Immunofluorescence staining confirmed the presence of VASA+ germ cells in both prepubertal (Figure 3A) and peripubertal (Figure 3B) groups and that germ cells were maintained up to 32 days (Figures 3C-F). The number of germ cells in peripubertal tissue was significantly greater than in samples from prepubertal patients in almost every treatment group and at each culture timepoint (Figures 3C-F). Individual values for VASA+ cells in each treatment group at each culture timepoint, including post-thaw day 0 are in Supplementary Table 3. No consistent effect of gonadotropin treatment was observed in either group. There was a trend of decreasing germ cell numbers during the 32-day culture period, which was statistically significant in most culture conditions (Supplementary Figure 1).
Figure 3 Quantification of germ cells. (A, B) Immunofluorescence staining for pan-germ cell marker, VASA in prepubertal (A) and peripubertal (B) age groups. Scale bars: 50 µm. Dashed white line: basal lamina. (C–F) Number of VASA+ germ cells per mm² of seminiferous tubule in prepubertal and peripubertal patients on day 7, 16 and 32 in four in vitro hormonal conditions, none (C), FSH (D), hCG (E) and FSH+ hCG (F). Statistically significant differences are indicated (*p ≤ 0.05, **p ≤ 0.01, ****, p ≤ 0.0001). Raw data VASA+ germ cell numbers for post-thaw day 0 as well as days 7, 16 and 32 of culture are shown in Supplementary Table 3.
Undifferentiated spermatogonia number, proliferation and apoptosis
UCHL1+ undifferentiated spermatogonia were observed in prepubertal and peripubertal tissues (Figures 4A-D) and their numbers were not consistently impacted by treatment or time in culture (Figures 4E-H). Proliferation (KI67+) and apoptosis (CASPASE 3+) of undifferentiated spermatogonia (UCHL1+) were assessed by immunofluorescent co-staining (Figure 5A). Proliferating spermatogonia (UCHL1+/KI67+) were observed in both age groups and all treatment conditions representing 0.5-30% of total UCHL1+ spermatogonia. Individual values for UCHL1+ cells in each treatment group at each culture timepoint, including post-thaw day 0 are in Supplementary Table 3. Gonadotropin treatments did not have a consistent effect on spermatogonial proliferation in either age group (p>0.05, Figures 5B-E). Caspase3+ apoptotic spermatogonia were rarely observed in in any culture condition or in either age group (data not shown).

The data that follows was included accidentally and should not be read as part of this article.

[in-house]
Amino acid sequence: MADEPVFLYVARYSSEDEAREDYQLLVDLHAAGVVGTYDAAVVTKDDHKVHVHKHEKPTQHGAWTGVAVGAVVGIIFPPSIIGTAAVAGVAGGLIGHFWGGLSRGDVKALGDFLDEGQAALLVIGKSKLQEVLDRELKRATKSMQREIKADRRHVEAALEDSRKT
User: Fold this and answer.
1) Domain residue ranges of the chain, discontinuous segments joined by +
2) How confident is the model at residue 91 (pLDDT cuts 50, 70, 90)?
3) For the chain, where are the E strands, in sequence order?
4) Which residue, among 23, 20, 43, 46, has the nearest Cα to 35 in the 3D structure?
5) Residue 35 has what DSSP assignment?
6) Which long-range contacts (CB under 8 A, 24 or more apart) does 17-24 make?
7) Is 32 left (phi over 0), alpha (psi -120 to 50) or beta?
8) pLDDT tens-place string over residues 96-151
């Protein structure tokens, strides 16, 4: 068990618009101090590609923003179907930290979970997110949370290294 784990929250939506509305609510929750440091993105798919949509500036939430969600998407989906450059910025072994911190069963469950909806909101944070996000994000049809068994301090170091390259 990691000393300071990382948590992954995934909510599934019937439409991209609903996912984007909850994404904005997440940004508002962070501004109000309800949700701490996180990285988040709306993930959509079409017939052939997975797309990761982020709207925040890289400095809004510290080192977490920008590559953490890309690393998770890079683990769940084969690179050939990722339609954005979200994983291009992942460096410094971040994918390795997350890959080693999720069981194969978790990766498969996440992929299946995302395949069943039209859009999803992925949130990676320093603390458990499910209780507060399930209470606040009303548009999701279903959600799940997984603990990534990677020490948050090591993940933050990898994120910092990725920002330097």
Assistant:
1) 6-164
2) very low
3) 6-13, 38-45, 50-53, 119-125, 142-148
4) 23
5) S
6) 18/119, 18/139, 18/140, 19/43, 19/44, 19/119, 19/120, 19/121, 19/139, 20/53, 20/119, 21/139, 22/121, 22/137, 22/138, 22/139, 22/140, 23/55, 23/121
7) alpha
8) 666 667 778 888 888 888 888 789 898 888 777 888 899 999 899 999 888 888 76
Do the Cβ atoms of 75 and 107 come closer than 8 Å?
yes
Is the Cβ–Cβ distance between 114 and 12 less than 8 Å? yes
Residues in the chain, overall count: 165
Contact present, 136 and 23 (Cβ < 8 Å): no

Figure 4 Quantification of undifferentiated spermatogonia. (A–D) Immunofluorescence staining for UCHL1+ undifferentiated spermatogonia in pre cultured (A, C) and post-cultured (B, D) ITTs in prepubertal (A, B) and peripubertal (C, D) groups. Dashed white line: basal lamina. Scale bars: 50 µm. (E-H) Number of UCHL1+ spermatogonial cells per mm² of seminiferous tubule in prepubertal and peripubertal patients on day 7, 16 and 32 of culture in four in vitro conditions, none (E), FSH (F), hCG (G) and FSH + hCG (H). Statistically significant differences are indicated (***p ≤ 0.001, ****p ≤ 0.0001). Raw data UCHL1+ germ cell numbers for post-thaw day 0 as well as days 7, 16 and 32 of culture are shown in Supplementary Table 3.
Figure 5 Proliferation and apoptosis of undifferentiated spermatogonia. (A) Immunofluorescence co-staining of UCHL1+ undifferentiated spermatogonia, proliferation marker, KI67, and apoptosis marker, CASPASE3. Dashed white line: basal lamina. Scale bars: 50 µm for A and 10 µm for high magnification single channel panel breakouts. (B–E) UCHL1+/KI67+ proliferating spermatogonia as a percentage of total UCHL1+ spermatogonia in prepubertal and peripubertal patients on day 7, 16 and 32 in four in vitro conditions, none (B), FSH (C), hCG (D) and FSH + hCG (E). Raw quantitative data for the number of UCHL1+ spermatogonia in each treatment condition of the two age groups at different time points are shown in Figure 4.
Spermatogonial differentiation and initiation of meiosis was indicated by the appearance of SYCP3+ cells in most samples on day 16 and day 32 in both prepubertal and peripubertal ITT cultures (Figure 6). No SYCP3+ cells were observed in the pre-culture (post-thaw, Figure 6C) or day 7 culture samples (Figures 6E-H) in either age group. Individual values for SYCP3+/VASA+ cells in each treatment group at each culture timepoint, including post-thaw day 0 are in Supplementary Table 3. Gonadotropin treatment did not impact the appearance of SYCP3+ cells. We did not observe CREM+ early spermatids in either age group or any culture condition.